RIMM

RIMM owns a proprietary handset, operating system, and services.  Because they control everything except the carrier, they can offer seamless end-to-end experience.  This is why BlackBerries are so strong in the USA.  RIMM knows how to work with carriers, too.

Apple

Apple is essentially copying RIMM’s strategy, controlling a proprietary handset, operating system, and services.  Just like RIMM, they provide a seamless end-to-end experience.  Just like RIMM, they make carriers happy by providing a sexy device that makes it easier for the carrier to sell expensive contracts.

Much has been made about how “innovative” the iPhone SDK and store is, but people apparently forget that Windows Mobile, Palm, and even RIMM have had additional applications available for a long time.  The sort of applications, and the download trends, look a lot like other platforms.  When people mention that Facebook is the #3 download from the App Store, they forget that Facebook released an app (web-based) for iPhone long before the SDK was released, and it was immensely popular.  Windows Mobile recently got two Facebook apps, and installs of the Facebook app for BlackBerry still outnumber iPhone.

What Apple is doing differently is important, though.  By centrally controlling the application store, they give an improved user experience.  And more importantly, they provide a visible brand where people wanting support can call *instead* of calling the carrier.  Apple’s app store will certainly increase expense for the carriers, but less so than the more open strategies of Google or Microsoft.

Apple business model is to profit up-front on the hardware, and break even on the services.  They take a 30% cut of app store revenues and charge a subscription for mobile me, but their primary strategy is to profit on hardware.  This gives them the free cash flow up front.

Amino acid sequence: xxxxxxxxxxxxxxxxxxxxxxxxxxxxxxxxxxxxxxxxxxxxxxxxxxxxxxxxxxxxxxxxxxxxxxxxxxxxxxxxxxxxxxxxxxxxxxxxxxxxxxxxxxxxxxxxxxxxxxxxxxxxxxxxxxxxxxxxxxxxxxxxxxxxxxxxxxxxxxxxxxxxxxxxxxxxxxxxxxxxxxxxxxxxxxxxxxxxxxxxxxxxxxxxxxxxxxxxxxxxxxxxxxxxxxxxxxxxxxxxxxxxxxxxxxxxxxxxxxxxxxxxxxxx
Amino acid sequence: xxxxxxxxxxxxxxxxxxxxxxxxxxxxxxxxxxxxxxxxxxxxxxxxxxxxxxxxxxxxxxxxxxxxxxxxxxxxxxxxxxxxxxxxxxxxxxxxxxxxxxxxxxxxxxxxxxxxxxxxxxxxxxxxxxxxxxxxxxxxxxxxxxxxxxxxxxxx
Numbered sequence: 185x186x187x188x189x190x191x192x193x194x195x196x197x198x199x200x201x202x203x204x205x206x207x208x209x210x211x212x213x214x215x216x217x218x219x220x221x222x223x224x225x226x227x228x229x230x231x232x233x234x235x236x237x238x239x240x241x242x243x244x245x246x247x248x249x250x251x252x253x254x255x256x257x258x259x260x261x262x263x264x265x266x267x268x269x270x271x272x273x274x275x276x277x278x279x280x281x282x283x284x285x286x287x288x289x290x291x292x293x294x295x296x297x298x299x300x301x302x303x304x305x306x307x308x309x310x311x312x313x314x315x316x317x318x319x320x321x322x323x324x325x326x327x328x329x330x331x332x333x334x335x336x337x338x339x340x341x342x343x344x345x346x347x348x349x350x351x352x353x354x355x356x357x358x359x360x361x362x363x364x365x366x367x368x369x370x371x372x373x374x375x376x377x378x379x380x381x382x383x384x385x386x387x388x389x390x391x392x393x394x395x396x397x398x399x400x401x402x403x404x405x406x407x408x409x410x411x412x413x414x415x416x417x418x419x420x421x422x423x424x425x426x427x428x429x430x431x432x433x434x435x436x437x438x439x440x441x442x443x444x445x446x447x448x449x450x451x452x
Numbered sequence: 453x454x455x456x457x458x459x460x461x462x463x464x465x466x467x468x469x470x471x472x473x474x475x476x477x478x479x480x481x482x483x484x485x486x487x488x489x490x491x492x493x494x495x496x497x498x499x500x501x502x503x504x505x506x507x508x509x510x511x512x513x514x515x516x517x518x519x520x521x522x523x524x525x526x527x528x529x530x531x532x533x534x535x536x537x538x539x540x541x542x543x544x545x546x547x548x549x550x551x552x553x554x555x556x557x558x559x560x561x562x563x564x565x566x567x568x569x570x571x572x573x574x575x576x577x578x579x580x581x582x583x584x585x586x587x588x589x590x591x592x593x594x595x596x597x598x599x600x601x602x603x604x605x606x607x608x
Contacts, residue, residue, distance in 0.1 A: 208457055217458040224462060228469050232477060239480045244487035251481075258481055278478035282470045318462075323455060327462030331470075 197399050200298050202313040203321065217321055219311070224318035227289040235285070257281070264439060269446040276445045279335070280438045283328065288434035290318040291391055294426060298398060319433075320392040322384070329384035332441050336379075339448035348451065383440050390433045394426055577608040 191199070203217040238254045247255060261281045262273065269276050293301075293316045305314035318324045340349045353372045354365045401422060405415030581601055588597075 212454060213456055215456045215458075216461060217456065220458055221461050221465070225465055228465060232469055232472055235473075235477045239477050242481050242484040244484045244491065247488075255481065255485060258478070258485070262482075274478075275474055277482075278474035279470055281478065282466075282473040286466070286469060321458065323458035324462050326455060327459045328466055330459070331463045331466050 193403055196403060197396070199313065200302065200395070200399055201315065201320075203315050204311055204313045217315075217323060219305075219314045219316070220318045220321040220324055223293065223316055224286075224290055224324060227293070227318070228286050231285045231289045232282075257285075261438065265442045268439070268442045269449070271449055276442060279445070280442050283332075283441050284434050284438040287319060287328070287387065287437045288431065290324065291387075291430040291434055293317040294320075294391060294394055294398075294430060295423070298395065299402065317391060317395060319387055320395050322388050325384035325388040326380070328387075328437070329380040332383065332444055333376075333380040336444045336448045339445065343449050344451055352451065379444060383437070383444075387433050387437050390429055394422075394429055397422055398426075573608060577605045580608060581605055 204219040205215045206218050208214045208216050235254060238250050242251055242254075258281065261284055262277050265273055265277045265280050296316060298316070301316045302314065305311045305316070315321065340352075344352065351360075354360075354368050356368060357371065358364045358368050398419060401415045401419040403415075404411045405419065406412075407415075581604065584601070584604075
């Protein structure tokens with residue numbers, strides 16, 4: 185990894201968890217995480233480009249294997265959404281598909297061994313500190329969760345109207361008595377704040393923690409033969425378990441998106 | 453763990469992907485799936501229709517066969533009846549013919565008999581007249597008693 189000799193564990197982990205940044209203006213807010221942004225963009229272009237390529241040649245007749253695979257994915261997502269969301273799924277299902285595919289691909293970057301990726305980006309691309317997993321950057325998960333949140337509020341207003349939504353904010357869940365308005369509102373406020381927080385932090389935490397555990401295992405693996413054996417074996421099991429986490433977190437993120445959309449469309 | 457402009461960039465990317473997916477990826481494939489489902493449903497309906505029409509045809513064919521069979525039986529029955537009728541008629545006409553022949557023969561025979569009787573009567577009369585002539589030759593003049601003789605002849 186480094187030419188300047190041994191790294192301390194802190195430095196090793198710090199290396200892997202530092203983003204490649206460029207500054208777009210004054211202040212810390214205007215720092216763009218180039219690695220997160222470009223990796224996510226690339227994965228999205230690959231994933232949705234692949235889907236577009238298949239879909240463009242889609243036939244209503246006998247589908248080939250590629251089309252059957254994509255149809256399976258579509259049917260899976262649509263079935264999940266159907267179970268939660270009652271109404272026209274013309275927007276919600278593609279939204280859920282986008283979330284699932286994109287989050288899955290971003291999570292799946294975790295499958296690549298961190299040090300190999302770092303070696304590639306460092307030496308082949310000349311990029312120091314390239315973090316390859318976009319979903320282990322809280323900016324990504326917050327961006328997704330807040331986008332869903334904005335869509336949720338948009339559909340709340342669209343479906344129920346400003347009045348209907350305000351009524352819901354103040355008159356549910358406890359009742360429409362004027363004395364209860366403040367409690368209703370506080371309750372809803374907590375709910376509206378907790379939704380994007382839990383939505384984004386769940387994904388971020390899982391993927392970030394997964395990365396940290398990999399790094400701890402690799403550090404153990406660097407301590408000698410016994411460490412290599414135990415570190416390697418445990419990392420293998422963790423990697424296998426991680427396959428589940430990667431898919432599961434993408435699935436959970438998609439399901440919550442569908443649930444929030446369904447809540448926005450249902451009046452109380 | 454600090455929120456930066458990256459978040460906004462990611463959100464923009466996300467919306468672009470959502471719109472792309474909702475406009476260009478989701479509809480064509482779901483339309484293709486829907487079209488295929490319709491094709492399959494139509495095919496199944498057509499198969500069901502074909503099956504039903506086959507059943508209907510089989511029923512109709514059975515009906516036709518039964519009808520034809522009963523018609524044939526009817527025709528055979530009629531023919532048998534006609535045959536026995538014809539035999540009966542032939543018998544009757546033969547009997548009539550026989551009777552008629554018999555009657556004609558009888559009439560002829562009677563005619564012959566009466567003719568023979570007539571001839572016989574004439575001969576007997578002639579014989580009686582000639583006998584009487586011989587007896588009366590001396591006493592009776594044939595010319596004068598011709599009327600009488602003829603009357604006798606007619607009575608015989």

Microsoft

Microsoft’s business model historically has been to make money licensing our proprietary operating system.  As a platform, we offer C++, .NET, or Silverlight, as well as AJAX.

As the entire company moves toward a software plus services strategy, our mobile strategy combines operating system with services.  This is what the Danger acquisition was about, and it is no mistake that the Live Search app is one of the most popular applications for Windows Mobile.

Search is the Lever

Common wisdom says that this is about Apple and RIMM, but I think this is actually about Google and Microsoft.  It’s true that Google hasn’t shipped a single unit yet, and Microsoft’s primary revenue stream (licensing the OS) seems threatened by open-source Symbian and Android.  And neither company sells a sexy handset to drive cash flow-positive revenue.

But both companies control search engines, and search service is far more monetizable than any of the other services.  The end-to-end experience using the WLS app on Windows Mobile is the sort of experience Google would love to have on all mobile handsets, and you can bet that they will.  Apple getting $0.30 every time someone installs the “Flash Light” application is cool, but the revenues and margins of app store and iTunes store won’t be able to compete with search.  Like iTunes and app store, the Mobile Me service is an attempt by Apple to protect their high hardware margins.

Search will be a critical component of RIMM or Apple experience anyway.  Search is a really hard market to enter, and none of the other contenders will be able to afford the infrastructure necessary.

Of course, when anyone makes money, the carriers want to take a cut.  So the carriers are the wildcard here.  This is a fact that Google and Microsoft have known for a long time, and both companies will need to get better at making carriers’ lives easier to make inroads against Apple and RIMM.